Financial mistakes: Top 10 most regretted purchases
We’ve all been there – that fleeting moment when you just can’t resist an impulse buy. Unfortunately, many of these spur-of-the-moment decisions turn out to be ones we end up regretting later.
Whether it’s online shopping with PayPal or a credit card purchase in your favourite store, it’s easy to get caught up in the excitement of impulse buying. So which items are the worst offenders? We asked our Choosi community about what they regret most.
The 10 most commonly regretted purchases
1. A brand-new car
While that new car smell is enticing, a brand-new vehicle will depreciate in value as soon as you drive it off the lot.
“I bought my car brand new when I was 16 (I didn't even have my license yet) because my family convinced me to,” says Alex. “I knew nothing about cars and didn’t even really appreciate the idea of having a brand-new car at the time! I wish I could go back and just buy something second-hand so that I could really appreciate the purchase today and make a more informed decision.”
2. Fitness/exercise equipment
The pandemic saw gyms close their doors and plenty of people looking for ways to stay fit during lockdown. But this often results in new equipment collecting dust just a few months later.
“I got a smartwatch to help track my fitness during lockdown,” says Ashley. “Within a few months, I realised it wasn’t really something I liked wearing every day so I have been finding myself using it less and less.”
“I regret getting an under-desk treadmill,” says Maria. “I didn’t think it would be as distracting to use while working when I first bought it. Now it only gets used once a month at most!”
3. The latest technologies
Jerry wanted an espresso machine but didn’t want to fork out for a high-quality product. “We tried to get a more affordable one, but the coffee always tastes burnt or watered down, and it takes a lot of effort to not only make the coffee but also clean the machine.”
“I bought a DSLR camera for my holidays as I thought I’d capture some super-large images to print out,” says Tracy. “Turns out all the pictures I took on my phone were better as I didn’t have the time or patience to learn how to actually use the camera properly.”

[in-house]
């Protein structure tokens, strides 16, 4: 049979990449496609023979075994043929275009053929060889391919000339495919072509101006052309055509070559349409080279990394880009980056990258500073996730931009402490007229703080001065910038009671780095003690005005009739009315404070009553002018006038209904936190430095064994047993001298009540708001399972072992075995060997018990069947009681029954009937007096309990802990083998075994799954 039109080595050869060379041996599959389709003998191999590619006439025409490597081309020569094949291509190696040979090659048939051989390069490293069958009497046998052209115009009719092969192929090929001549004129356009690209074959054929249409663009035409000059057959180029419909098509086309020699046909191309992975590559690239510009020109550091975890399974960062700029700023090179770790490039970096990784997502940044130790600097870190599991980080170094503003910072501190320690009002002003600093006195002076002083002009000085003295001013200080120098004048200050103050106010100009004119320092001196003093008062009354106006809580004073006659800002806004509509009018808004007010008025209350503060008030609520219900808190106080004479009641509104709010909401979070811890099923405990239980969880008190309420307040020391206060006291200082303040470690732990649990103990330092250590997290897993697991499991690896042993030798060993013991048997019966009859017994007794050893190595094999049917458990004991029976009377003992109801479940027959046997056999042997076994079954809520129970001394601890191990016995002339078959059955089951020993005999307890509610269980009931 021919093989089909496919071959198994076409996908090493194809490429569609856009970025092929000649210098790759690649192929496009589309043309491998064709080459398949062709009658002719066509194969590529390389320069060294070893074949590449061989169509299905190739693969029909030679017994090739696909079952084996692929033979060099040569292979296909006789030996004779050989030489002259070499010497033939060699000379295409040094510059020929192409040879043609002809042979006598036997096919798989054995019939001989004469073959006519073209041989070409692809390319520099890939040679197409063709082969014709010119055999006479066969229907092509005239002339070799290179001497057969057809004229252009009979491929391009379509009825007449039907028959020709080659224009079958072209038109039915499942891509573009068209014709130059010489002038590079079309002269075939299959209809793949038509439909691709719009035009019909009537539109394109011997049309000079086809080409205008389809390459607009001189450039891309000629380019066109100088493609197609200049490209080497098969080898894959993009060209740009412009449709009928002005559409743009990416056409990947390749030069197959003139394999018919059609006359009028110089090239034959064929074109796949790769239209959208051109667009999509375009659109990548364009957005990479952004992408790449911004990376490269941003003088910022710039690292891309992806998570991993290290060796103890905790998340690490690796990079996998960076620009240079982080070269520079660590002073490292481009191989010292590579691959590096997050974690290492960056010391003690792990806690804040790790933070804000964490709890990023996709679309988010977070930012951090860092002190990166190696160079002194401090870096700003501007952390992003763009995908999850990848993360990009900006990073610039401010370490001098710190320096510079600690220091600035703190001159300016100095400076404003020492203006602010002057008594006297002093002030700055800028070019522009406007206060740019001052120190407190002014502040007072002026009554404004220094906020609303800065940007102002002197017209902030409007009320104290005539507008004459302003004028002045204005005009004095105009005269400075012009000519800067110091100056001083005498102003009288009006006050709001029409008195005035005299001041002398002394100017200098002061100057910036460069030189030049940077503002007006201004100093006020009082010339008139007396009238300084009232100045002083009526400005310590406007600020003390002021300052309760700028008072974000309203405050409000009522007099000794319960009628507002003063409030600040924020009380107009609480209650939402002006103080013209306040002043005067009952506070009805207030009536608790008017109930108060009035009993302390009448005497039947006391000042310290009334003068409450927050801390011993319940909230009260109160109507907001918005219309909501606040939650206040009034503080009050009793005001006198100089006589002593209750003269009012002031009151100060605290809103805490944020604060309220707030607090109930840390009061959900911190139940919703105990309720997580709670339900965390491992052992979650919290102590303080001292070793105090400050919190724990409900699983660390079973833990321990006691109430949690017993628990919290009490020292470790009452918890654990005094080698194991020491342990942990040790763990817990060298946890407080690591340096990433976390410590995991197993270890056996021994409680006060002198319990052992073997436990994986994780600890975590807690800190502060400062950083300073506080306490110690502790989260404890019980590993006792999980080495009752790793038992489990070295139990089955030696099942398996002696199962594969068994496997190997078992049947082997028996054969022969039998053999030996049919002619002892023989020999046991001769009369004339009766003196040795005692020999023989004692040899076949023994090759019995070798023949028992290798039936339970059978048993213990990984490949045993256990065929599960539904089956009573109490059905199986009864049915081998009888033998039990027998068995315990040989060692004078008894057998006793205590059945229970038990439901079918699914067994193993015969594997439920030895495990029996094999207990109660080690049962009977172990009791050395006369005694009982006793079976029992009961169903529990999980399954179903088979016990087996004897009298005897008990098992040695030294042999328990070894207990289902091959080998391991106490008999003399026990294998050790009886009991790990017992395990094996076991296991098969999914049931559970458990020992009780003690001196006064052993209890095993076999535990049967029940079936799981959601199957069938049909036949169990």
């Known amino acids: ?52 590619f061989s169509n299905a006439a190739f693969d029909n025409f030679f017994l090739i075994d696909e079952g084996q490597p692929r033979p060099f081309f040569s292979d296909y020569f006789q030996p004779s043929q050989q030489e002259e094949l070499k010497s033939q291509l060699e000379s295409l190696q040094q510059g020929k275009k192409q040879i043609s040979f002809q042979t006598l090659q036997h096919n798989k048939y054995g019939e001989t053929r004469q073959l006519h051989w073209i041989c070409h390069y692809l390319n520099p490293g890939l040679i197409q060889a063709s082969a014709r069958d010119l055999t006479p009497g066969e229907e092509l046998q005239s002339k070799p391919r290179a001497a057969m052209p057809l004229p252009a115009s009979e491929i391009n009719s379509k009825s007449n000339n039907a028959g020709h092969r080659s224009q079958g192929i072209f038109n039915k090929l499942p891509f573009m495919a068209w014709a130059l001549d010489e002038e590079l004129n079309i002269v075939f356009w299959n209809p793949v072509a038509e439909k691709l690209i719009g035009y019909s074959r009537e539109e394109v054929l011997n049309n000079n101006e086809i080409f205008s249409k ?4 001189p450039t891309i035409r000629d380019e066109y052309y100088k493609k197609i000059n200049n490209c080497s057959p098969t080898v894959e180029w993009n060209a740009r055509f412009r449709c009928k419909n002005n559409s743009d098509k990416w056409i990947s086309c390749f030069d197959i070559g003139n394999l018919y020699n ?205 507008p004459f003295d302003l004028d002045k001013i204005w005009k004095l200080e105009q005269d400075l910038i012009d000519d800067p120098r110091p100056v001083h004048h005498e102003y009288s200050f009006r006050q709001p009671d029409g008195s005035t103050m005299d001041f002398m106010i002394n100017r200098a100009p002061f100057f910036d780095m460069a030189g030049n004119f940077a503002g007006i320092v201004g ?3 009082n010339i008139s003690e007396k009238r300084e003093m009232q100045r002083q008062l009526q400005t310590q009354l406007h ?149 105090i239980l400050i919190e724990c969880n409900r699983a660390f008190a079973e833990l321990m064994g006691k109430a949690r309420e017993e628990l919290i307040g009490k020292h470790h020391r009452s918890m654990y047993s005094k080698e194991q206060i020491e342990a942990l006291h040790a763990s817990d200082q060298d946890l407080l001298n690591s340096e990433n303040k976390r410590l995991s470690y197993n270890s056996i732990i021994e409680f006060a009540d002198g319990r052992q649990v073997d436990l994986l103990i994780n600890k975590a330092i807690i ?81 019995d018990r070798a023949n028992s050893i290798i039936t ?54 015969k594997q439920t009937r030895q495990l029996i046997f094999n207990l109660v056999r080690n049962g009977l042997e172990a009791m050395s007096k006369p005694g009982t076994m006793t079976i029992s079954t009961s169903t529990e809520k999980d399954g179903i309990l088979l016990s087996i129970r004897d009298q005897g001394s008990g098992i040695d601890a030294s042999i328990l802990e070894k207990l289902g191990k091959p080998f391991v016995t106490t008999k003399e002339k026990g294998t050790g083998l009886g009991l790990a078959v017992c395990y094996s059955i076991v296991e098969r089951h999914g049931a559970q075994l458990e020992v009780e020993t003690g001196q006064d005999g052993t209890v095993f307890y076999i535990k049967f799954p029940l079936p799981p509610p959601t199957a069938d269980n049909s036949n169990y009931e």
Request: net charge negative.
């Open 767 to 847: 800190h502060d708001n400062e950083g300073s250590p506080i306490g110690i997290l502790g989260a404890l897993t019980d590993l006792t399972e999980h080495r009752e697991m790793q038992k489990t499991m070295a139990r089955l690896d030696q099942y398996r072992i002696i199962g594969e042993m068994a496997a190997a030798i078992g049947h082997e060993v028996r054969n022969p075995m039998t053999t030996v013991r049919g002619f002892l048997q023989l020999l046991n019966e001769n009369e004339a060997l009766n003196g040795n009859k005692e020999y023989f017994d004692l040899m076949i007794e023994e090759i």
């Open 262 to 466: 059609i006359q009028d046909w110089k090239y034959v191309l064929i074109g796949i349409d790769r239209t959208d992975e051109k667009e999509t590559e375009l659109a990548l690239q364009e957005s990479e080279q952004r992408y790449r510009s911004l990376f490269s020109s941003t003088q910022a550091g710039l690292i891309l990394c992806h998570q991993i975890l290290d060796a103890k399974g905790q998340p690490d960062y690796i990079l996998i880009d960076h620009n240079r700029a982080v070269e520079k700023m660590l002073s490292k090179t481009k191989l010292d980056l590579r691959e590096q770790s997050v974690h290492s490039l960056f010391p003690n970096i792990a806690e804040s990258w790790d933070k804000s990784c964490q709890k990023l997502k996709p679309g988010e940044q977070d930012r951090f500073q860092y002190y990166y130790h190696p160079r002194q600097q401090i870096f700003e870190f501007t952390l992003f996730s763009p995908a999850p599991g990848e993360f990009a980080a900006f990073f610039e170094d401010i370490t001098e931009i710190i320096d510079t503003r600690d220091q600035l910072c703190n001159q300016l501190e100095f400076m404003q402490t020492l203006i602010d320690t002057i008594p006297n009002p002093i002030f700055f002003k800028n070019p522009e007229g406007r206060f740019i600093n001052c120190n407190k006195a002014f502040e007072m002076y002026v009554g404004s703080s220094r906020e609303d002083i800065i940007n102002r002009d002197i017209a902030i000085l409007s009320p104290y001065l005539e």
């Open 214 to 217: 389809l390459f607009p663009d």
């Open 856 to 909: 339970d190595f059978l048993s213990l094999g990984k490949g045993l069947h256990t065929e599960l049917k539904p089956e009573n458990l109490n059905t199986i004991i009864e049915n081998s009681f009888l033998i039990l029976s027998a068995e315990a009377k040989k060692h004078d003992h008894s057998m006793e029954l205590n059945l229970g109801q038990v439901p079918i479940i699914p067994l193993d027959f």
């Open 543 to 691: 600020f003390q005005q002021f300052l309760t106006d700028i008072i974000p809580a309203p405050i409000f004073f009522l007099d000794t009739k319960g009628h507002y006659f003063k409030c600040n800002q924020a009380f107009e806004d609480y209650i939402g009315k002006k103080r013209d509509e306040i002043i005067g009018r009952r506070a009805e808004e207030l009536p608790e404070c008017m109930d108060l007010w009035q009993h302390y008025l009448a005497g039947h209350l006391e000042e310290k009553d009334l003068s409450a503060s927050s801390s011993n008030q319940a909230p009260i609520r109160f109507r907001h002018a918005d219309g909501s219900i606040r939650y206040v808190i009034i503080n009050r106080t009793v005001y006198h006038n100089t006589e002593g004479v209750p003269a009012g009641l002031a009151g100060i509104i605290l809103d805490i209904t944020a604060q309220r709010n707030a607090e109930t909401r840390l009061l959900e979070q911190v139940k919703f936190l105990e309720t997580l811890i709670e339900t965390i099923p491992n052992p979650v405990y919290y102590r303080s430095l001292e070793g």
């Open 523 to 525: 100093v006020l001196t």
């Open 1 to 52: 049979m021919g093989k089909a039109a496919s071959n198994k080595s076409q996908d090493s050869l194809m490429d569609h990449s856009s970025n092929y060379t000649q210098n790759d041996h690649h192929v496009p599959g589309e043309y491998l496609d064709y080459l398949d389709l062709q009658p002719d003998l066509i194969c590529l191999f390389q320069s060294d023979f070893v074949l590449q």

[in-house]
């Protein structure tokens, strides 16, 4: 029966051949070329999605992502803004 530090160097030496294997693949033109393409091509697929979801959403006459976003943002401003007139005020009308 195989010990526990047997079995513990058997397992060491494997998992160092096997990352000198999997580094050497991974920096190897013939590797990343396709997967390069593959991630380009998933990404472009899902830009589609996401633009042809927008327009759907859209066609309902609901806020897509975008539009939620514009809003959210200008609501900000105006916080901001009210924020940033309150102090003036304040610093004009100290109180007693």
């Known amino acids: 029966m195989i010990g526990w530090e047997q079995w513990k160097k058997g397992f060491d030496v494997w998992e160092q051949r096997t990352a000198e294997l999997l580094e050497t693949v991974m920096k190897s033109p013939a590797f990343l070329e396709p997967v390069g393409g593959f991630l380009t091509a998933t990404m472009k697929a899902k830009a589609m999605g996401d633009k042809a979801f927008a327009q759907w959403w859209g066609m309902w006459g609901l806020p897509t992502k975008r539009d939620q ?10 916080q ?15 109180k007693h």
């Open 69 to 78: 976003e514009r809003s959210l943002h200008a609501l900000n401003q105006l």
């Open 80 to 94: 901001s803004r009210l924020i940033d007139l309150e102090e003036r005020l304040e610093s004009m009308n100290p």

4. Gym memberships
A gym membership often comes off the back of having lofty fitness goals, but it can become an expensive regret if you don’t use it regularly. Rather than a monthly subscription, try a pay-as-you-go membership or explore more cost-effective fitness activities like jogging.
5. Personal health technology
“My hearing aids cost a small fortune and they play up almost every day,” says Helen. “I would do more research before choosing the first option that comes along.”
“I paid $82 for two pieces of plastic that get inserted into your shoes and are supposed to help with good posture,” says Olga.
6. Too many subscriptions
Streaming services, music subscriptions, gym memberships and more can quickly add up. Do a stocktake of your subscriptions every few months and cut out those you no longer use.
7. Expensive gear for a new hobby
“I bought a bike one summer because I thought it would be a fun way to get around,” says Lauren. “I only properly used it once before I realised it wasn’t adjusted properly and then never used it again.”
“I bought a surfboard during COVID so I had a legitimate reason to be allowed on the beach and in the water,” says Steve. “I went out in the shallow surf and sat on it a few times and have never used it since.”
8. Post-graduate education
“There are some aspects of my post-graduate education that I regret,” says Erika. “Especially when I feel that the degree wasn’t quite relevant to my career. This is something I would definitely reconsider when it comes to higher education.”
9. High-end fashion that quickly goes out of style
Fashion trends are notoriously fickle. Splurging on high-end clothing that falls out of style within a season is a hugely common regret for many people. Instead, invest in timeless pieces that will look just as good in a couple of years as they do today.
10. Wrong-size items (because of poor research!)
“I bought a TV stand for my apartment and then realised it didn’t fit my TV,” says Jenn. “So I repurposed it as a shoe rack, but really could have gone without it entirely!”
Take control of your finances: Plan and prioritise your purchases
Want to make better buying decisions and take control of your finances?
- Budget wisely: Create a budget that outlines your monthly expenses and set aside a portion for savings.
- Prioritise needs over wants: Prioritise spending on essential items before indulging in discretionary things.
- Research thoroughly: Read reviews and compare prices to make sure you’re doing the smart thing.
- Sleep on it: If you’re tempted by an impulse buy, give yourself time to think it over before committing.
- Set financial goals: Having goals in place can motivate you to make more responsible spending choices.
Making the right decisions
Regretful purchases can not only be detrimental to your finances, but also to your overall wellbeing.
If you’re ready to take control of your purchasing habits and protect the things you’ve worked so hard to build, start comparing home and contents insurance with Choosi today.
17 Oct 2023